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Volume 6 - Opinions of Counsel SBEA No. 28

Opinions of Counsel index

Taxes (bills) (failure to receive statement) - Real Property Tax Law, §§ 922,942:

A property owner is not relieved of the responsibility for payment of taxes despite the fact that her name was not properly entered on the tax roll and no statement of taxes was received by her.

A property owner asks for an “adjustment” in her 1976 school tax bill and 1977 county/town tax bill to eliminate penalties and interest which have accrued because of nonpayment. She never received either tax bill since her name was not entered on the tax rolls in question although she had been paying her taxes regularly in years past.

Unfortunately, there is no provision of law which would permit a waiver of penalties and interest arising out of a failure to make timely payment of tax bills. Furthermore, the fact that she failed to receive a statement of taxes due does not in any way affect her liability for taxes levied (Real Property Tax Law, § 922).

In general, non-city school districts levy their taxes on or before September 1 each year, and for the next 30 days property owners therein may pay their taxes interest-free. Thereafter, interest is payable at the rate of one percent for each month (or fraction thereof) for which taxes are unpaid. On or before November 15, the list of unpaid taxes is delivered to the county treasurer. Those taxes and interest are then payable to the treasurer (with a 5 percent charge added) until such time as the county board of supervisors orders the tax relevied.

Once the relevy has occurred (i.e., the school taxes are “levied” again with the county/town tax levy), a 7 percent charge is imposed. For 30 days, property owners may pay their county/town tax bills interest-free, although this interest-free period does not apply to relevied school taxes. That is, the property owner must also pay school taxes plus interest and penalties which have accrued thereon.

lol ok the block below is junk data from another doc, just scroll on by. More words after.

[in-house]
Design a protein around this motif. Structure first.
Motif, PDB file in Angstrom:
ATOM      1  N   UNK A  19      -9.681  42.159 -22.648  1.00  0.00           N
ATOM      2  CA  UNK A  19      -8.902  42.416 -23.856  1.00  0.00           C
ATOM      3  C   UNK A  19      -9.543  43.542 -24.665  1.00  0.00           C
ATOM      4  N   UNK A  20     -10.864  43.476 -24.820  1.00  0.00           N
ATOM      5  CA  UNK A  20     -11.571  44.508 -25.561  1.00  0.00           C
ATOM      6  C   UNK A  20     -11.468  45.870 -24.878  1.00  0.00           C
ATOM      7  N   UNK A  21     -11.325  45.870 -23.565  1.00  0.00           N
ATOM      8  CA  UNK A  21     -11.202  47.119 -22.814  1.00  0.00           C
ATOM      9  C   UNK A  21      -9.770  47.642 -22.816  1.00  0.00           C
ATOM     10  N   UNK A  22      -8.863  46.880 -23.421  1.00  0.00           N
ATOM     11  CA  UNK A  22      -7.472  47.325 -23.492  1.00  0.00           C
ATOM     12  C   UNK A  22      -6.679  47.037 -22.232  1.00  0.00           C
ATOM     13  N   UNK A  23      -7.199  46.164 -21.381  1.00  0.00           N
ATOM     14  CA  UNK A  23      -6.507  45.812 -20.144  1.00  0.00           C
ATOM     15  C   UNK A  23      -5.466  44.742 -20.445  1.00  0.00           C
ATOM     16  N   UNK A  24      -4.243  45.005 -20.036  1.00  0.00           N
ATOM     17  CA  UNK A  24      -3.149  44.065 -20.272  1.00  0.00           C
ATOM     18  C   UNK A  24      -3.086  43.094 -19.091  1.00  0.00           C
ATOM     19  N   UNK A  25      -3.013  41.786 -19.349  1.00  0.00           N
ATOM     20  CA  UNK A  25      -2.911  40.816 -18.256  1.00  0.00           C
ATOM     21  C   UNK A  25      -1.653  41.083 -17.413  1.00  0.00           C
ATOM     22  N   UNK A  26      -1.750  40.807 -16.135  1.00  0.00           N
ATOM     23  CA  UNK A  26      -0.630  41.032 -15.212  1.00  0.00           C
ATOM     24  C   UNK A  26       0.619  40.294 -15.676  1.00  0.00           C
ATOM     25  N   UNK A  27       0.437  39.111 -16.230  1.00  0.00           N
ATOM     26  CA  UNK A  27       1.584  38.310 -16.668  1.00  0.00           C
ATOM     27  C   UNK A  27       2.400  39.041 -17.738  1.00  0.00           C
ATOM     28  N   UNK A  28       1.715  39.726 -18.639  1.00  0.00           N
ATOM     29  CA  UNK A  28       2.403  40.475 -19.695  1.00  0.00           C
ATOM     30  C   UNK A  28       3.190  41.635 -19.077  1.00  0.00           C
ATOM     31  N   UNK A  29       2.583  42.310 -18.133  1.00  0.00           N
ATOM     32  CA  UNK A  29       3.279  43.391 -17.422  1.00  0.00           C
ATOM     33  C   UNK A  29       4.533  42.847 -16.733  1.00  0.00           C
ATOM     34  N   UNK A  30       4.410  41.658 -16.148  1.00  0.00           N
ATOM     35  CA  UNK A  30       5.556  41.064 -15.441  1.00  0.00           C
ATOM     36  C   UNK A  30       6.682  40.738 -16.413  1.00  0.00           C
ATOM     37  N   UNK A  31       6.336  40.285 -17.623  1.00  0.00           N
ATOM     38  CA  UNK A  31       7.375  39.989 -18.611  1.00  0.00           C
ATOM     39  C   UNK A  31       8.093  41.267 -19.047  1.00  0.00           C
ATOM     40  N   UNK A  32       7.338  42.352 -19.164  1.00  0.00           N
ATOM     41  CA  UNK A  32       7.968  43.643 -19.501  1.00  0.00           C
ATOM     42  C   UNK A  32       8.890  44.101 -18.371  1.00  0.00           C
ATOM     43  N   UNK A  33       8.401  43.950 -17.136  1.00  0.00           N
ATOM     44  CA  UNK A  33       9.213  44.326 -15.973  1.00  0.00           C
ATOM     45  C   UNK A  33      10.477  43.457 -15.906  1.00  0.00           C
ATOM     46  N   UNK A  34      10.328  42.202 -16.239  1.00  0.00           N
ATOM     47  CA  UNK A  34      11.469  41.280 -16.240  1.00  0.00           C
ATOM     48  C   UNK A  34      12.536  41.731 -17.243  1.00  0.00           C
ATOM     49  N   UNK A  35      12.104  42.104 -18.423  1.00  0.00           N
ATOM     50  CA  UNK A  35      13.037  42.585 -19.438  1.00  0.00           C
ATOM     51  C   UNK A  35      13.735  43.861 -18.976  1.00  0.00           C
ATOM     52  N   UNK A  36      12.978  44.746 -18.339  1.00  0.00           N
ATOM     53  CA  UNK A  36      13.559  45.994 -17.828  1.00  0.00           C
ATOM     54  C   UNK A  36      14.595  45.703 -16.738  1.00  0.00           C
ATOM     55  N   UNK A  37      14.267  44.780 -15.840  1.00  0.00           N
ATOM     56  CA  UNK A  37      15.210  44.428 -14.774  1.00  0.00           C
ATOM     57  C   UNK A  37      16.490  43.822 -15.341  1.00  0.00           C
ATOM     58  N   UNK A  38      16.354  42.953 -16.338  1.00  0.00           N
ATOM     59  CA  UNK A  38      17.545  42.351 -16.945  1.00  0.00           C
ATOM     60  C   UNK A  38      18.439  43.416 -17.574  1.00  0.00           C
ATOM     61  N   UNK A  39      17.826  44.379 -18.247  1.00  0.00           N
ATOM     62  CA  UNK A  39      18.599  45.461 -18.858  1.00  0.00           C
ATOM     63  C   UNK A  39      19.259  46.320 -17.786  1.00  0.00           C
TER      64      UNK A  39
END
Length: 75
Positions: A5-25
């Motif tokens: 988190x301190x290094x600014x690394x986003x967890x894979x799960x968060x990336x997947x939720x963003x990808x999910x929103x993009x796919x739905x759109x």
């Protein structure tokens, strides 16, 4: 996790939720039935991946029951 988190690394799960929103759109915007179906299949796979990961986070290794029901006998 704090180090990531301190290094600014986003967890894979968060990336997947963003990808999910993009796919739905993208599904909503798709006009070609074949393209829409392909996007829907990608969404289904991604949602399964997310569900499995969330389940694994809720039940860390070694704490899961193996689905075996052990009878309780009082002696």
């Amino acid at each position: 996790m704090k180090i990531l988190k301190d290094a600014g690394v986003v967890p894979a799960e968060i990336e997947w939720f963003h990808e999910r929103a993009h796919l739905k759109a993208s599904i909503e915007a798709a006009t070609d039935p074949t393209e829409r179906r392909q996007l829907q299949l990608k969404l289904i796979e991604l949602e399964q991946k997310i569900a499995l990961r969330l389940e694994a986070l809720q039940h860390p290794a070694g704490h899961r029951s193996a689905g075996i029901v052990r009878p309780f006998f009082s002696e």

After the expiration of the 30 day interest-free period, interest and penalties accrue against any unpaid county/town tax levies (as well as continuing against unpaid school taxes). A county treasurer has no authority to waive the collection of penalties and interest, whatever the reason for failure to pay (Real Property Tax Law, § 942). This is true even if the assessment or tax roll does not correctly reflect the true owner of the real property subject to the tax (see, 25 Op.State Compt. 261).

Whether the property owner’s name was properly entered on the tax roll, the fact that she received no statement of taxes does not relieve her of the responsibility for payment of taxes. Subdivision 1 of section 922 of the Real Property Tax Law requires the collecting officer,

Upon receipt of the tax roll and warrant, . . . [to] mail to each owner of real property listed thereon a statement showing the amount of taxes due on his property . . . .

However, subdivision 3 of this same section further provides that:

The failure to mail any such statement, or the failure of any such owner to receive the same, shall not in any way affect the validity of the taxes or interest prescribed by law with respect thereto. (emphasis added)

June 29, 1977